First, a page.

Wife confronts husband about his secret friend but he denies it
Q: Is it okay for a husband or wife to have a secret friend of the opposite sex?
I have found proof within our computer's history that contact has been going on for at least three years. They met at work. Whenever I try to broach the subject, I get screamed at and told that I have no idea what I am doing with a computer, therefore I am wrong.
Coincidentally, whatever proof I found gets deleted after our conversation. I check the history the next day.
We have even seen this person while we are out in public; they always acknowledge each other, secretively of course, thinking evidently that I am deaf, dumb and blind.
They are probably just friends, but I don't know what to do. I have become moody, paranoid, stressed … the irony is, my spouse keeps complaining about my mood.
I have found myself not believing my spouse in other instances, like why s/he is home late from work. My spouse might be telling the truth — but I can't get past the secret friend.
I honestly feel that my spouse thinks if s/he told me about the friendship, then I would become a raving lunatic. This is killing me. Is it okay for a spouse to have a secret friend?
I Need To Hear the Truth
A: How much more of the truth, exactly, do you feel you need to hear?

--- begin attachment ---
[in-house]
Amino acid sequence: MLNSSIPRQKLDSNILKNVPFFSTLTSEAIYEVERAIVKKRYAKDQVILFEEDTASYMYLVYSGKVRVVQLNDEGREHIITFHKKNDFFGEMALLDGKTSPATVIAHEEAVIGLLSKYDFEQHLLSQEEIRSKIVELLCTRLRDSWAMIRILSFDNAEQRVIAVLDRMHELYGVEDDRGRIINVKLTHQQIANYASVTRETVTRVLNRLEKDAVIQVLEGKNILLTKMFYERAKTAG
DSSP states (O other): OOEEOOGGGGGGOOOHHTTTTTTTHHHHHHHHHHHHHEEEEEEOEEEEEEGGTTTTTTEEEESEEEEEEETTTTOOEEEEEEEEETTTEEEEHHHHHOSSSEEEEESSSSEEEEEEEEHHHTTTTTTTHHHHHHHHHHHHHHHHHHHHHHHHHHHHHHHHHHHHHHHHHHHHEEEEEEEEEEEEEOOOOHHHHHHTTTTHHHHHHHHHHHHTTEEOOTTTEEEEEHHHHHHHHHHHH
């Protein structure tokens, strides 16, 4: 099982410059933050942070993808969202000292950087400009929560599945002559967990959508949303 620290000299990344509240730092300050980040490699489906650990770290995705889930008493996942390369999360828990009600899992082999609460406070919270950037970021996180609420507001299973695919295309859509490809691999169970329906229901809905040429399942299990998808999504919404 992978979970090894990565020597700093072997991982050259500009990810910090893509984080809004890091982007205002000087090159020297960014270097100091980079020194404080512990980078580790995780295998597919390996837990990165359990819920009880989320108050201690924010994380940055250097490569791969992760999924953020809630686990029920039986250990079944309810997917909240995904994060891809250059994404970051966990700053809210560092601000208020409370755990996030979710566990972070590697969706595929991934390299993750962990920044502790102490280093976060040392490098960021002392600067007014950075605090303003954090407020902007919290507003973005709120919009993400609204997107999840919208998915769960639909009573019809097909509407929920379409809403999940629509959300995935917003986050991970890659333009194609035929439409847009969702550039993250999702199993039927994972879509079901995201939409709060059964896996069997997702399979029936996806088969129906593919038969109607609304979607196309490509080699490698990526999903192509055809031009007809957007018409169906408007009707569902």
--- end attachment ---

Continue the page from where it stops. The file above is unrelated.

You know your spouse is hiding someone from you and lying about it; would rather scream at you and malign your competence than dignify you with the truth; isn't trustworthy; is complaining about your role in the marriage while steering substantial attention outside of it.
You know you're a wreck.
So you know that secret friends aren't "okay," and that, even if there isn't one, the way you're being treated isn't "okay."
You know all this and are asking me anyway, which has me asking, why?
Were you hoping to hear that your marriage is fine? Doubtful; your letter reads more "Tell me I'm right" than "Tell me I'm wrong."
If it's validation you're after, then I suppose it's possible that's all you want. People who know they're being wronged but who don't want to leave the comfort of home, even an unhappy one, occupy a sort of nether world. They know they're not going to get what they want — rekindled love, a mate who stops cheating (or starts doing housework), whatever; so, they'll settle for being right.
If this is you, then please know the loneliness of this realm you choose to inhabit, and find the courage to kick your way out. Stop snooping, and say: "I've seen how much contact you have with X, so please don't pretend you're not close. I ask that you dignify me with the truth, so I can see whether I need to find a good therapist or a good attorney." If you just get screamed at again, then get both.
It's also possible you need validation because you lack the confidence to trust what your own eyes, ears and heart are telling you. If this is you, then skip the conversation and start with the good therapist, solo. Emotional paralysis can have many sources, but it has one result: stranding you with your fears.